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I am a Denver-based writer, travel lover, and author of The Drive North and Destination Paranormal. I have several other books in the works, including fiction.

Hiking at Old Faithful in Yellowstone

Watching Old Faithful erupt

Watching Old Faithful erupt

Hiking in Yellowstone is a fantastic experience. It’s one of the best ways to spend time in the park. Heck, you could even say it’s the quintessential park experience. But, with so much to see and do in the world’s first national park, it’s hard to squeeze everything in. So, where to go hiking? One of my favorite spots is at Old Faithful.

A map of the geyser basin around Old Faithful

A map of the geyser basin around Old Faithful

When you walk out from the lodge, a row of benches and Old Faithful himself should be right there to greet you. If it’s almost time for him to blow, hang out and watch. It’s one of the best park experiences. If not, hang a right and head toward and cross over the Firehole River en route to Observation Point.

Crossing the Firehole River

Crossing the Firehole River

The trail to the top is somewhat steep, so go slow and take your time. But keep going. The view from the top is spectacular. Laid out before you in an opening in the trees that covered the trail all the way to the top is the geyser basin. And it’s one heck of a view, too.

The view of the geyser basin around Old Faithful

The view of the geyser basin around Old Faithful from Observation Point

Stop, take some deep breaths, and wait for Old Faithful if you can. When you’re done, continue following the trail. It loops back around and reconnects with a spot where you diverged to go up to Observation Point. You can go back the way you came, on down to the river and the lodge, but I highly recommend against it. Instead, hang a right and head toward the Solitary Geyser.

The Solitary Geyser is one of my favorite spots in Yellowstone. It doesn’t have a huge eruption like Old Faithful or some of the other geysers down below, but it’s quite a bit more frequent. At an interval of only five to seven minutes, the Solitary Geyser makes for a fun eruption – it’s like one great big burp of a splash of water five feet in the air. That’s it. From calm to a huge slash of water to calm again. It’s really something to see, and a great spot for a picnic since you’ll be regularly entertained.

Solitary Geyser erupts

Solitary Geyser erupts

Continue following the trail back down toward the geyser basin. You’ll know you’ve arrived, since the trail quickly turns over into a boardwalk or paved road. And if that’s not enough, just look for the visitor traffic. The number of people who walk this area is insane. But, there’s a reason it’s one of the most popular spots in the park, and why I chose it as one of my favorite trails in Yellowstone.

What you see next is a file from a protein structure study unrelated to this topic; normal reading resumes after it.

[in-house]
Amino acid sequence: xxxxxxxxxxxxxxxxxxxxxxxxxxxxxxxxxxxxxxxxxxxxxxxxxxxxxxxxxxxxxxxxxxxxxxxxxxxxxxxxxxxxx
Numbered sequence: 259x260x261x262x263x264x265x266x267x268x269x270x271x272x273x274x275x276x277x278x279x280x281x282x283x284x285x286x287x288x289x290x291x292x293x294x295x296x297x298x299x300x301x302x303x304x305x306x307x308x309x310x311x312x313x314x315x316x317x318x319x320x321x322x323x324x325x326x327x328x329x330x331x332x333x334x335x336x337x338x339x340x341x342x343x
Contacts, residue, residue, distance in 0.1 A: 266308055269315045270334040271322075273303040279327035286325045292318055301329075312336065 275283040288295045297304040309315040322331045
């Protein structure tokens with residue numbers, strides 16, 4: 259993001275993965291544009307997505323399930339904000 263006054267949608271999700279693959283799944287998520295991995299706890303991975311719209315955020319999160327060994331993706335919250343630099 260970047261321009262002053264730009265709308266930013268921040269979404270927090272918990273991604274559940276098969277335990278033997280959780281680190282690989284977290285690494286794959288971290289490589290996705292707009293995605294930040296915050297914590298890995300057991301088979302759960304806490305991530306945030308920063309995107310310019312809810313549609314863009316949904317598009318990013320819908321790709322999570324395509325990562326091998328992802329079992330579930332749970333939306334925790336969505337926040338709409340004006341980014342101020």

Wandering through all of the geysers, pools, vents, and other amazing geothermal features is really amazing. It’s the reason a great many people go to Yellowstone each year. So be sure to slow down, take it easy, and see what there is to see. After all, since the eruptions of many of the geysers can’t be timed like Old Faithful, you never know when you’ll have an amazing experience shoot up out of the ground.

Castle Geyser generally erupts twice per day

Castle Geyser generally erupts twice per day

I was fortunate enough to witness the long eruption of the Castle Geyser. It only goes two times a day, so there’s no saying you’ll be lucky enough to catch it. And that’s still a pretty frequent eruption for a geyser. Some are estimated at yearly intervals. For instance, just recently the Steamboat Geyser erupted for the first time in eight years! Now that’s some serious patience.

Speaking of patience, you need a little to walk all the way down to the Morning Glory Pool. It’s only a mile and a half away from the lodge, but, when combined with the nearly two miles of hiking already done up and around observation point, it can be a tiring walk. This is particularly true on a hot and sunny day, since there’s very little shade throughout the geyser basin. All of the gases and acids in the ground have killed off a lot of the flora. But, to be quite honest, the walk is worth it; Morning Glory remains one of the most beautiful features in the park.

Crossing the Firehole River en route to Morning Glory

Crossing the Firehole River en route to Morning Glory

When it’s all said and done – up to Observation Point, to the Solitary Geyser, out to Morning Glory and back – you’ll have racked up nearly six miles. That’s not a lot of ground to cover, all things considered, but, like I said, it’s fairly difficult, since most of the trails aren’t shaded. Sure, they may be flat and easy to manage, but be sure to take the proper precautions; sunscreen, hats, and lots of water are all necessary when doing this hike.

The beautiful Morning Glory Pool

The beautiful Morning Glory Pool


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  1. The Ghosts of Christmas 2013 | Jason's Travels - December 24, 2013

    […] up that way before, but never appreciated it so much as this time. The abundance of wildlife and opportunities for hiking made it all worthwhile. It was exactly what I both wanted and needed after a few months in the […]

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